Du-What? Du-blin: Three Things I Learned Being Stranded Outside of Brussels During the Terrorist Attack
1. Knowing basic phrases of the country that you are traveling to
This should be a no-brainer, but in case you’re like me and wait until the last minute to look up how to say “where is the toilet,” DON’T. I say this as a word of warning because just in case something unplanned happens in your trip (which will most definitely happen), you’ll feel infinitely more comfortable in your situation. Also, just because people “speak” English doesn’t mean they understand English; these are two completely different things, I promise (just like when most of us say we can speak Spanish).
2. How to kill time (in a fun way)
While attempting to figure out phase two of being stranded (a.k.a. playing the waiting game), I quickly realized the desperate need for distraction. This is the point of your trip when wi-fi becomes your tried and true traveling companion. Not only can you keep up to date with current news (global or Loras-related), but you can also look up points of interest near you. This saved my sanity and I was able to see places that I definitely had not planned on seeing, like an Australian ice cream store in the heart of Namur, Belgium. Not only does this enhance the overall experience, but it helps you feel in control as well.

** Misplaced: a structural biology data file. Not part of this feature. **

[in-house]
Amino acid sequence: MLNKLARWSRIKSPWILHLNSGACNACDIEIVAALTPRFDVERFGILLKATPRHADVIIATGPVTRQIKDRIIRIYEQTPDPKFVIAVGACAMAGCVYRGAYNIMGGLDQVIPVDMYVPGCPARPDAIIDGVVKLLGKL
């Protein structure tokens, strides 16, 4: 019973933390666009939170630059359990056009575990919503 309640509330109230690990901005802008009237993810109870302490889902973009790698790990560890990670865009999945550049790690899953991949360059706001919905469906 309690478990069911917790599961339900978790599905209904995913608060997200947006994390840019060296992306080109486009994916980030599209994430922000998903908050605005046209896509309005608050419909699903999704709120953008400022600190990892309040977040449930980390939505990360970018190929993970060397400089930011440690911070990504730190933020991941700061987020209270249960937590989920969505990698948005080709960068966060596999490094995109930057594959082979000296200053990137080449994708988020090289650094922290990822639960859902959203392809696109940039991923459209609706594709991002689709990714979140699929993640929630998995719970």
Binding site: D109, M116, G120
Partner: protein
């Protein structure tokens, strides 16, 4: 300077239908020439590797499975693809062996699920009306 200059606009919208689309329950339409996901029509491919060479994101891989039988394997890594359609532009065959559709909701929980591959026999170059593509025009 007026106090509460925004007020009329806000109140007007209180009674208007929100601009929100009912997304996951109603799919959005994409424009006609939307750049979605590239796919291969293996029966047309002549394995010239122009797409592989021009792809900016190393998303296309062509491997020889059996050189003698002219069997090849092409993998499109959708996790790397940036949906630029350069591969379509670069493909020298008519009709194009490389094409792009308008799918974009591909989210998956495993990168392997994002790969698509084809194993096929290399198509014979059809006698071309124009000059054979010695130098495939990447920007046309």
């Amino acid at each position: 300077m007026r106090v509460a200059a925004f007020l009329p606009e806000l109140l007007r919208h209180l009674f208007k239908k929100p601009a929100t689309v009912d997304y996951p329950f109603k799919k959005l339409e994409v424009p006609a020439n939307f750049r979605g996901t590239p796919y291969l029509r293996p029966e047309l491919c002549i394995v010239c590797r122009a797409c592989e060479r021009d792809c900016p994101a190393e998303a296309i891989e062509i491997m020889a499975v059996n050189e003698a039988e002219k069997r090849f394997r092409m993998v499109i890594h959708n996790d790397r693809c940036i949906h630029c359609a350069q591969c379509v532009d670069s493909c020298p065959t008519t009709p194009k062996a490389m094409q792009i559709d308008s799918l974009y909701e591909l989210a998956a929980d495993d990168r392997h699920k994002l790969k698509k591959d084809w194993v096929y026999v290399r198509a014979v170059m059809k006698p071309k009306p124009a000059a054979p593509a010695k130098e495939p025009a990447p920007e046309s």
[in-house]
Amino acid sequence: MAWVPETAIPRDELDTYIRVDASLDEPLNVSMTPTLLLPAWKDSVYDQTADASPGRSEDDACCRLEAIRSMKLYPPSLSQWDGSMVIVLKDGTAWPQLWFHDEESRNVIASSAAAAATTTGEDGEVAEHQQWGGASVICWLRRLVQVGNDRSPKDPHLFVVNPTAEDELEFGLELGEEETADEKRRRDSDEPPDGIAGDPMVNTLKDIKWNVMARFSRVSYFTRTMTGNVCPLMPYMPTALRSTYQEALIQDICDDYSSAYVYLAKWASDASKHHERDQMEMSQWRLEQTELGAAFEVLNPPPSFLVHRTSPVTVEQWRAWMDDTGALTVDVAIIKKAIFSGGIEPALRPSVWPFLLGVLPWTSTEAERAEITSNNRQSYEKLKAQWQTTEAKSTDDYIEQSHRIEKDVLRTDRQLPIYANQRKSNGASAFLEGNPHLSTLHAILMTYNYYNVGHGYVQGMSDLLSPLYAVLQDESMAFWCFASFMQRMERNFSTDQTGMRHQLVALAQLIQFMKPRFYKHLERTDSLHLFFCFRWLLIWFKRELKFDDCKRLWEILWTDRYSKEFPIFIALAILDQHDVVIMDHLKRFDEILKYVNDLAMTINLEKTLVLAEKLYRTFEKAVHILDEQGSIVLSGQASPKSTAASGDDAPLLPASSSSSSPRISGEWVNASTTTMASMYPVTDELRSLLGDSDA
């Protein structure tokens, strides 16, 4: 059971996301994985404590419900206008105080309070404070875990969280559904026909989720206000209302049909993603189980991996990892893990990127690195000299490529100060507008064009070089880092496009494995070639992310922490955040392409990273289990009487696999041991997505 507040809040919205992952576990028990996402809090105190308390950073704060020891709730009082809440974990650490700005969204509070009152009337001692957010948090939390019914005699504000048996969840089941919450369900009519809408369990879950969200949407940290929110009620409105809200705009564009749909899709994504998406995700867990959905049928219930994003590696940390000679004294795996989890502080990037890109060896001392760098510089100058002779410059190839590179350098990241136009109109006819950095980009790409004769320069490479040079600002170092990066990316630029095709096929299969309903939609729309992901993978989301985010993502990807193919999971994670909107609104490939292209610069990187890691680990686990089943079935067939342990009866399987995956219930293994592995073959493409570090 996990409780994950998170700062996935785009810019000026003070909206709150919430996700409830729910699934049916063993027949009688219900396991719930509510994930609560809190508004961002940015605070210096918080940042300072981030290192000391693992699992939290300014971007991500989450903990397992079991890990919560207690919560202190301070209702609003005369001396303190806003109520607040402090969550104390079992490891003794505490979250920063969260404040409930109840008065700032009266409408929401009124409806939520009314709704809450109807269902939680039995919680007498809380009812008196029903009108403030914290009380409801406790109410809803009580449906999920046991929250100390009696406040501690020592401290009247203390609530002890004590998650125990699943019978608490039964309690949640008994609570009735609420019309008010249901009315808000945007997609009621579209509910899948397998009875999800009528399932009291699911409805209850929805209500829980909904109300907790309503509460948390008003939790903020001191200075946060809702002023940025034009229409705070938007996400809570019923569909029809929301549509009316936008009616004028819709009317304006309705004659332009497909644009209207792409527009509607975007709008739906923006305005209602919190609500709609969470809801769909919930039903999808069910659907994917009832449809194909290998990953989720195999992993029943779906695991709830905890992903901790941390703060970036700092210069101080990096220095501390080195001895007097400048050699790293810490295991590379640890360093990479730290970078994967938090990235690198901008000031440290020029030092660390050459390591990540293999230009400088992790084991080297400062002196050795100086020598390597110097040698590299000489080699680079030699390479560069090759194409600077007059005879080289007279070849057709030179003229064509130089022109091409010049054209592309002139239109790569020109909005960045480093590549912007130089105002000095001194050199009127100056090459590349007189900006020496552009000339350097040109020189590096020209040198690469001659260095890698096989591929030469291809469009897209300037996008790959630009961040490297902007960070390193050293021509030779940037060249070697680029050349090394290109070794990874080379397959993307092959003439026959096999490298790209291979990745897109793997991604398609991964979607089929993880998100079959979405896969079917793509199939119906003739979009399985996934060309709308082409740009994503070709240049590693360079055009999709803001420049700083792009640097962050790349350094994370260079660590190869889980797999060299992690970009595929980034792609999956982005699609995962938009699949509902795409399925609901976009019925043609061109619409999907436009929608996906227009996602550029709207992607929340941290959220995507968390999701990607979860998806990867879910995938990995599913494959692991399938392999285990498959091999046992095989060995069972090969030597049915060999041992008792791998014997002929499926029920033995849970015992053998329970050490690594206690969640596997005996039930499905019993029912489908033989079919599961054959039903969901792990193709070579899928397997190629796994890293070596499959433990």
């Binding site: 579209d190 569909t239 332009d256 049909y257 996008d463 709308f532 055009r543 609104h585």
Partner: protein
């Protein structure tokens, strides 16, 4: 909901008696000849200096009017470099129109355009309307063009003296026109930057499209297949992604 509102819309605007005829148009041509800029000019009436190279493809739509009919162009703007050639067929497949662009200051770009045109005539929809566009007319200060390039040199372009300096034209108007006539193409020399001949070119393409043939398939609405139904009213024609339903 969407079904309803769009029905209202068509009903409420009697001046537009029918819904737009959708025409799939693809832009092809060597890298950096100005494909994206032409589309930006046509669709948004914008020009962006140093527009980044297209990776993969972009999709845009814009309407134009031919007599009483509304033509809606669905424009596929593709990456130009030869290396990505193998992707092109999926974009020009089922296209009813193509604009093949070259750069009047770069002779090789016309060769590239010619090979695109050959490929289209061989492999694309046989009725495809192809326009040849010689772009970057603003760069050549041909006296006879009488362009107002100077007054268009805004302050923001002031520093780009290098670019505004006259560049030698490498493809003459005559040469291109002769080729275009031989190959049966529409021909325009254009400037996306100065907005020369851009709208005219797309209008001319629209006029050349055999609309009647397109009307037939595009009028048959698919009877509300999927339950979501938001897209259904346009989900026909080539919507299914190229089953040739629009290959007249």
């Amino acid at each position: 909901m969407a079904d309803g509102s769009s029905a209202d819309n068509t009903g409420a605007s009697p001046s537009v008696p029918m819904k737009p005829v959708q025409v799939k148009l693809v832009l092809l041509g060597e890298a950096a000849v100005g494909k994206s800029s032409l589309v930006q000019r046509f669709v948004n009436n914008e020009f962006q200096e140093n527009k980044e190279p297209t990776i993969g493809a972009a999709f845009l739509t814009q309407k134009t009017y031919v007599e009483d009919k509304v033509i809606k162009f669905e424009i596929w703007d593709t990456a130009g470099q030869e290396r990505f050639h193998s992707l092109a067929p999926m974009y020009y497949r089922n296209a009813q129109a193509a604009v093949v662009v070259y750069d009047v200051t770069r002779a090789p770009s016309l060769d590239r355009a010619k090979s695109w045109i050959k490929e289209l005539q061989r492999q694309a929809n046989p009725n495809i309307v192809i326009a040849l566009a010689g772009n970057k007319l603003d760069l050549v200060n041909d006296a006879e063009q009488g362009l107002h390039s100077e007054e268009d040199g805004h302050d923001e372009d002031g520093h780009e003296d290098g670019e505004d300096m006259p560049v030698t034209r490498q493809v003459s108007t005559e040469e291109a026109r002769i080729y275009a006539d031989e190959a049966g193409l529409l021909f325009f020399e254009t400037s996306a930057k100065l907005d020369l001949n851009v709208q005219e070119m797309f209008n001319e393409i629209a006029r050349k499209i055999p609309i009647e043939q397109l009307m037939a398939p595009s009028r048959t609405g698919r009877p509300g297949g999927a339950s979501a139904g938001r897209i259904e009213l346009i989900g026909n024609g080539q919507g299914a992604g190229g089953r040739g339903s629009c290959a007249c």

3. Letting fear influence you but not control you
When the news first came out about the different bombs in the airport and the train, I was beyond shocked. I literally couldn’t wrap my mind around what happened. I was stuck for two and a half days in Namur, and for the first day I was completely on edge, terrified that for some reason the attackers would hit this city next. However, something my friend and I did was let the fear of the attack make us cautious and aware but not paralyze us. Although I was still uneasy about being so close to the attack, we tried to make the most of it and still ventured out of hotel to explore the city. The most rewarding part of that was seeing how people transformed public squares into memorials for the victims of the bombing. They let the fear associated with the massacre influence them but ultimately they chose how to react, and it was out of love.